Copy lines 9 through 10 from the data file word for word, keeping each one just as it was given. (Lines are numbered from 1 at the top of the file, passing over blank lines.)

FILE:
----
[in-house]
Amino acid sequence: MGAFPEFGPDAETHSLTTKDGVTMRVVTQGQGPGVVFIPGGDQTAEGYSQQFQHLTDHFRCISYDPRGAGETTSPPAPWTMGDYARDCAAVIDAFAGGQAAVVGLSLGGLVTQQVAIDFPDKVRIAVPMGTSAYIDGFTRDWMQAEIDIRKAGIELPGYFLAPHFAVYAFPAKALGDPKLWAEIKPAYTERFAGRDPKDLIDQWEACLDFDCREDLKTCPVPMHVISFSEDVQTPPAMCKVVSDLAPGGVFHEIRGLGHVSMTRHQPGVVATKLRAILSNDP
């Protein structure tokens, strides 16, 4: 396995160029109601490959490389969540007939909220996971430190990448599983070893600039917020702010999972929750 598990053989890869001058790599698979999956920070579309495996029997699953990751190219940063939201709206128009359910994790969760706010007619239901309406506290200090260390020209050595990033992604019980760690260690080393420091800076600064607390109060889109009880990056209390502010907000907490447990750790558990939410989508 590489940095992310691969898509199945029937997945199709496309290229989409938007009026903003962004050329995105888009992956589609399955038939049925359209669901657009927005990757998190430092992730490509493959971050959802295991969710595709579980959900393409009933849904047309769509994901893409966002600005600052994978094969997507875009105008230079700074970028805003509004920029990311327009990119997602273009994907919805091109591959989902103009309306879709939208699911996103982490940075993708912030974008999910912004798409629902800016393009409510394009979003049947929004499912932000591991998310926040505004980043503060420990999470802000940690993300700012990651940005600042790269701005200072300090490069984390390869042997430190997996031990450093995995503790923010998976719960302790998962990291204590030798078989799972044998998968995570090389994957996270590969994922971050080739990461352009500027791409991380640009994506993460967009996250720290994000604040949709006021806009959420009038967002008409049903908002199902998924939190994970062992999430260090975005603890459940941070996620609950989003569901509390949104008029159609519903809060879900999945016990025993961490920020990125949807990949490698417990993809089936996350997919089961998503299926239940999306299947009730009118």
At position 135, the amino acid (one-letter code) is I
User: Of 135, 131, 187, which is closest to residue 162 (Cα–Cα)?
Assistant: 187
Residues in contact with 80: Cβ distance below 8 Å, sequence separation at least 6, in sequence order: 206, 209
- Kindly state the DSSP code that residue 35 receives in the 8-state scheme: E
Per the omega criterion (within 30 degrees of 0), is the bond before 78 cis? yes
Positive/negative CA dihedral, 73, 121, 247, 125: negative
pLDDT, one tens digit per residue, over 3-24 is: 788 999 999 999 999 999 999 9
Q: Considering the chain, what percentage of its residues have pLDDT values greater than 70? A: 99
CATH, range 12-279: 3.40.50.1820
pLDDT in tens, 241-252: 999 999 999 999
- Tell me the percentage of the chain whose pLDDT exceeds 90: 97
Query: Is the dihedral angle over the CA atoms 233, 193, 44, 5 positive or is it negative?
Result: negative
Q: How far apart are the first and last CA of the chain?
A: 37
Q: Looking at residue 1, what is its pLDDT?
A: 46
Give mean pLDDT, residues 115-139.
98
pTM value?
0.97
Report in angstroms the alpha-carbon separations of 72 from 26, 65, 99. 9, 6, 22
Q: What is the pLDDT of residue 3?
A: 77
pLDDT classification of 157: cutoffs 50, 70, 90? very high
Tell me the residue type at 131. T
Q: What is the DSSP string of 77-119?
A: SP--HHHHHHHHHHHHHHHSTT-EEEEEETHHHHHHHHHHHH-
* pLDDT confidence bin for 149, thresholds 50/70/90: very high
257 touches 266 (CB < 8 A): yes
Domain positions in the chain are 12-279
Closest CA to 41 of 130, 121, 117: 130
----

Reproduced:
Per the omega criterion (within 30 degrees of 0), is the bond before 78 cis? yes
Positive/negative CA dihedral, 73, 121, 247, 125: negative